Another obscure Pulitzer Prize-winning play

Continuing my lackadaisical progress through Pulitzer Prize-winners of the past, hit Hell-bent Fer Heaven by Hatcher Hughes. As the “fer” in the title suggests, this is a play written in dialect about hill people in the South (reportedly based on a branch of Hughes’s family). And yes, it is troublesome to plow through the dialect. It reminds me that Shaw wrote the first few speeches of Eliza in Pygmalion in dialect and then tossed in a stage direction writing, “Here, with apologies, this desperate attempt to represent her dialect without a phonetic alphabet must be abandoned as unintelligible outside London.” After that, Eliza’s lines are written in plain English and he trusts to the actress to supply the accent. I wish Hughes had done so. For that matter, there are significant corners of our literary history that could do without this cutesy attempt to replicate accents and mispronunciations. It’s usually hard to decipher and almost always comes off as condescending.

Anyway, Hell-bent Fer Heaven is a kind of hillbilly Tartuffe. A religious hysteric named Rufe, believing that God justifies anything he wants or does, tries to steal his brother Sid’s fiancee and get the brother killed by an easily-manipulated lunkhead. It depends on everybody around him being incredibly gullible or stupid. Why this was chosen by Columbia University for the Pulitzer over The Show-Off by George Kelly, who knows. Unless the fact that Hatcher Hughes was teaching at Columbia at the time. Nah, that’s way too cynical.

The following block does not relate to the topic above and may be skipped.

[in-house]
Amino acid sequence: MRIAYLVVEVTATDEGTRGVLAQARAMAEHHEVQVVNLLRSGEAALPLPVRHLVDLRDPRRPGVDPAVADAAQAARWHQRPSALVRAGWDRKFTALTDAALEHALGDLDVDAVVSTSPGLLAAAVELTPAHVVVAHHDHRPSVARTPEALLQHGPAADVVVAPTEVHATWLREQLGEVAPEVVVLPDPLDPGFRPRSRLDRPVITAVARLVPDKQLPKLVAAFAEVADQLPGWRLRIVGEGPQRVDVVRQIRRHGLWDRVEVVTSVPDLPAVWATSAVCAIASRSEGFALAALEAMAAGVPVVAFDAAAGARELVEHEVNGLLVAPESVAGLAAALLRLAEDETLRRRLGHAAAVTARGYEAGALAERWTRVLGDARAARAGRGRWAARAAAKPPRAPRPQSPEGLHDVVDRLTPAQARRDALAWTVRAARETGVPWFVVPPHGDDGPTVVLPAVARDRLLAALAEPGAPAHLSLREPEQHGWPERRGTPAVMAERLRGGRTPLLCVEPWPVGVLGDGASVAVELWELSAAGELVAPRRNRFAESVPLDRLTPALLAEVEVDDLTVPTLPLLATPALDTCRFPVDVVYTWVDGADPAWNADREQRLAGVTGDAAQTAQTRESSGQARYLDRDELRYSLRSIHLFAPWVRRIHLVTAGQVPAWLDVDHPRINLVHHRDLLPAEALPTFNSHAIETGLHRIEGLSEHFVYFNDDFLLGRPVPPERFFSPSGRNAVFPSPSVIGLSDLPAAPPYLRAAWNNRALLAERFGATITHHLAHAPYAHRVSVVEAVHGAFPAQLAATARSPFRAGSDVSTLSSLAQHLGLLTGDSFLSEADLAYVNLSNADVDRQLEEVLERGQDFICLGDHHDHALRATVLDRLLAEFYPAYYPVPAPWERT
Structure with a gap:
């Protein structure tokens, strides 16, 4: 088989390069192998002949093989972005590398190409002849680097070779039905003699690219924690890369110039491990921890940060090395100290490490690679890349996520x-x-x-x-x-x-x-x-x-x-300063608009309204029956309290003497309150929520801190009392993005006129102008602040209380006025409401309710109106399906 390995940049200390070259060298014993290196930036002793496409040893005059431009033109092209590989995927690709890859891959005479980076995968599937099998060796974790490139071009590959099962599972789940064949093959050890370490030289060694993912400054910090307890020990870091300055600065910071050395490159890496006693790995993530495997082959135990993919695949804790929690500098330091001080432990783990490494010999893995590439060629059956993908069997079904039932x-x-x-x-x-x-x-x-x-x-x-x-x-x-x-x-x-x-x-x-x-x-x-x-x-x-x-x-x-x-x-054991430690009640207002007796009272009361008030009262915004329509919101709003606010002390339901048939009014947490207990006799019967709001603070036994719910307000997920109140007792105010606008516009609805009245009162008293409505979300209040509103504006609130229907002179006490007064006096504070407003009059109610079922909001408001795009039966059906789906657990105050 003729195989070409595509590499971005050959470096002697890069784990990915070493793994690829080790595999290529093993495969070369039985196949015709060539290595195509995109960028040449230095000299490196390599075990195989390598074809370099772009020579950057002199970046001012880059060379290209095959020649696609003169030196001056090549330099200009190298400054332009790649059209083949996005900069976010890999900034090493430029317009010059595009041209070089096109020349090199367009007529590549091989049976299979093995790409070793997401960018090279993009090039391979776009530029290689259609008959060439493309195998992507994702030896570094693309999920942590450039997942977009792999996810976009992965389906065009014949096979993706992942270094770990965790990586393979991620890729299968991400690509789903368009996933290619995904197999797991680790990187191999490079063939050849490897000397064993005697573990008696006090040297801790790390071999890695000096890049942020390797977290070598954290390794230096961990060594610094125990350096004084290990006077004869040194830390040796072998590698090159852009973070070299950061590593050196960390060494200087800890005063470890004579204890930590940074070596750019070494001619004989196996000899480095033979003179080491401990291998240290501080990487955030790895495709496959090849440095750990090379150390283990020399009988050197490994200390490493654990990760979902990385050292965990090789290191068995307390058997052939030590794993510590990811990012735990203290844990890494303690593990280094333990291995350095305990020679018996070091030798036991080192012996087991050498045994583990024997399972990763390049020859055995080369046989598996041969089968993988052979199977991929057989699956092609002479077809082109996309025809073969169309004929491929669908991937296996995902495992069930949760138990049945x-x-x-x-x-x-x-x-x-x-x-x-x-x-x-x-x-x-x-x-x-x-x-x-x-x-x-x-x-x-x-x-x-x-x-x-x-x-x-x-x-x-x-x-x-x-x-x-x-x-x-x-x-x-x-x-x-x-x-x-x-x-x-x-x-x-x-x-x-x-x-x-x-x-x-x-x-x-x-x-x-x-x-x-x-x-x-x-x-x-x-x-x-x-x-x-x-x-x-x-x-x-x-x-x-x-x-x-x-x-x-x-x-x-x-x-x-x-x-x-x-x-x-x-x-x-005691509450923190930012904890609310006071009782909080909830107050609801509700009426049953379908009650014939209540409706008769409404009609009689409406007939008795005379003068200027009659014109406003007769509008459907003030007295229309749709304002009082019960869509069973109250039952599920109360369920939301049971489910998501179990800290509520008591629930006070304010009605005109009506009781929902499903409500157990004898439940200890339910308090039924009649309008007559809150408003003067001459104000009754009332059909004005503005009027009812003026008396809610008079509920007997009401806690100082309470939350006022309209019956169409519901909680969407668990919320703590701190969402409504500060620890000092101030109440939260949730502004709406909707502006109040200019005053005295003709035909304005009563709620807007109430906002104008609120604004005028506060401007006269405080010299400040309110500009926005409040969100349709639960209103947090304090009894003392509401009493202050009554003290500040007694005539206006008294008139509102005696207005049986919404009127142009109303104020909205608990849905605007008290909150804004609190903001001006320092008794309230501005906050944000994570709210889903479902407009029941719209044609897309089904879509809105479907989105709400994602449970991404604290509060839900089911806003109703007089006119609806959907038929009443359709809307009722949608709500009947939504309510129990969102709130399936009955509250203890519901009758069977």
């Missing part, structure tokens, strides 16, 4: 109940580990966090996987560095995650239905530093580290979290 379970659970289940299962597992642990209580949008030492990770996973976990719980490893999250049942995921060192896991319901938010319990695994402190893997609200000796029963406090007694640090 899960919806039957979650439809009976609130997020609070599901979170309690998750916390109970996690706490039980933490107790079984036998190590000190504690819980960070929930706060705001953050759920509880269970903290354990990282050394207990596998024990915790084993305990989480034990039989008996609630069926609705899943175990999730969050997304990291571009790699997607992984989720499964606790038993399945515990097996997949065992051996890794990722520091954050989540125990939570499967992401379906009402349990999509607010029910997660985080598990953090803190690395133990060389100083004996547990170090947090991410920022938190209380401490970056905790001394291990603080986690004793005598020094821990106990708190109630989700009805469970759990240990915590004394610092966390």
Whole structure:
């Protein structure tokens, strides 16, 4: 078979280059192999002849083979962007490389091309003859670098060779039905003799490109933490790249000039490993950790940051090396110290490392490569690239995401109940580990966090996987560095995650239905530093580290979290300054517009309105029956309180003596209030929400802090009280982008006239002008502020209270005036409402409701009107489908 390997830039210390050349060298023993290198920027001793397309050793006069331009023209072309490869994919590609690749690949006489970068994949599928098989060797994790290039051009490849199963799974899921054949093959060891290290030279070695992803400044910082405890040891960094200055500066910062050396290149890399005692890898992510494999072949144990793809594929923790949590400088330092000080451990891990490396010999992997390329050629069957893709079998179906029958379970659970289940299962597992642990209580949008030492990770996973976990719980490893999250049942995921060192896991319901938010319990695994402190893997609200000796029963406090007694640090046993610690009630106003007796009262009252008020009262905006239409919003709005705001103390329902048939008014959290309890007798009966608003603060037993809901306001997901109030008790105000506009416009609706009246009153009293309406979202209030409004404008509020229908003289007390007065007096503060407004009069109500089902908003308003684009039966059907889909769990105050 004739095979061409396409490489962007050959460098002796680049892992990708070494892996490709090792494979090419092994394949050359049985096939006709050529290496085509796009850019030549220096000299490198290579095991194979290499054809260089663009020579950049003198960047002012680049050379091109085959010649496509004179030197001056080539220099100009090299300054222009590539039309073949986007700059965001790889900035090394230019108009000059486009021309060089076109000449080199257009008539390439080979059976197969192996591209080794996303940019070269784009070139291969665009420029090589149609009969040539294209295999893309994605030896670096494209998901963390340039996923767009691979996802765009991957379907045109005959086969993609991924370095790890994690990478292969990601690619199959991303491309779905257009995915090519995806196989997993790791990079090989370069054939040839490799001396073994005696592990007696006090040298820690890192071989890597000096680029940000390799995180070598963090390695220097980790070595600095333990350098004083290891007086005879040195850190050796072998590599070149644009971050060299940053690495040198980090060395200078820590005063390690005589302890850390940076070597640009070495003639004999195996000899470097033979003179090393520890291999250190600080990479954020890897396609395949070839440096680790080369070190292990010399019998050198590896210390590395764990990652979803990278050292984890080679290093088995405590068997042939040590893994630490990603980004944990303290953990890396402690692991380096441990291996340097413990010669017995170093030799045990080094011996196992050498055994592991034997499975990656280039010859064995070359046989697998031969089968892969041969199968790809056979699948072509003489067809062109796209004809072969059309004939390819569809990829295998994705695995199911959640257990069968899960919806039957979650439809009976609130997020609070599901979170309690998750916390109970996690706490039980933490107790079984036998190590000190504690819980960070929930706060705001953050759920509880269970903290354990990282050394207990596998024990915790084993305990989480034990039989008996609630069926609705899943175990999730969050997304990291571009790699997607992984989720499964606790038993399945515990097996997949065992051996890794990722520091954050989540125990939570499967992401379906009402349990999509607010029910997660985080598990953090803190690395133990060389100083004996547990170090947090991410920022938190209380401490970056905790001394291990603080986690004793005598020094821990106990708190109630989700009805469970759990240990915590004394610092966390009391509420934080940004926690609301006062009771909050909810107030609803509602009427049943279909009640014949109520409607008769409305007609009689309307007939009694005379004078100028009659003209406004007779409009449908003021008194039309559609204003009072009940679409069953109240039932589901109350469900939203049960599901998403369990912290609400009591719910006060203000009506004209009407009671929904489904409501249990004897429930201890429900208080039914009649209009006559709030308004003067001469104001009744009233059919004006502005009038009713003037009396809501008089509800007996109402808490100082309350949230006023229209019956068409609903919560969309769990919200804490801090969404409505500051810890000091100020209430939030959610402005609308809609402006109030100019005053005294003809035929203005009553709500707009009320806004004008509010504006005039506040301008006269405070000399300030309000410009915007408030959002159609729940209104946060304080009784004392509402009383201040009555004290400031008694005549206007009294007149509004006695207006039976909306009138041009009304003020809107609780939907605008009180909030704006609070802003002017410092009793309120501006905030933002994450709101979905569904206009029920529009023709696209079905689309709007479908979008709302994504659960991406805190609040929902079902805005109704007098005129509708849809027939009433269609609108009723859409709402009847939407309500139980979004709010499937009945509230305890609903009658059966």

If you’re willing to accept that everybody onstage is dumb and you can put up with the dialect, you might see how the play could hold the stage in an exuberantly crude way. It helps that there’s a rattling thunderstorm, a dam blown up by dynamite and flooding on a Noah scale happening in counterpoint. And I suppose a story of evil done in the name of religion always has relevance. Even now, you think?

Bit of trivia: George Abbott played Sid, the good brother, in this on Broadway, sometime before he established himself as a director-writer. Apparently it was made into a silent movie, though I haven’t found it yet. Given that the silent film of Miss Lulu Bett was pretty good, I’d be curious.

About dgsweet

I write for and about theater. I spent a number of years as a resident playwright of a theater in Chicago which put up 14 of my plays, and I still think of Chicago as my primary theatrical home, though I actually live in New York. I serve on the Council of the Dramatists Guild. Between plays, I write books, most notably SOMETHING WONDERFUL RIGHT AWAY (about Second City), THE O'NEILL (about the O'Neill Center) and THE DRAMATIST'S TOOLKIT (a text on playwriting craft). I also occasionally perform a solo show called YOU ONLY SHOOT THE ONES YOU LOVE. I enjoy visiting theaters outside of New York. I can be reached at dgsweet@aol.com.
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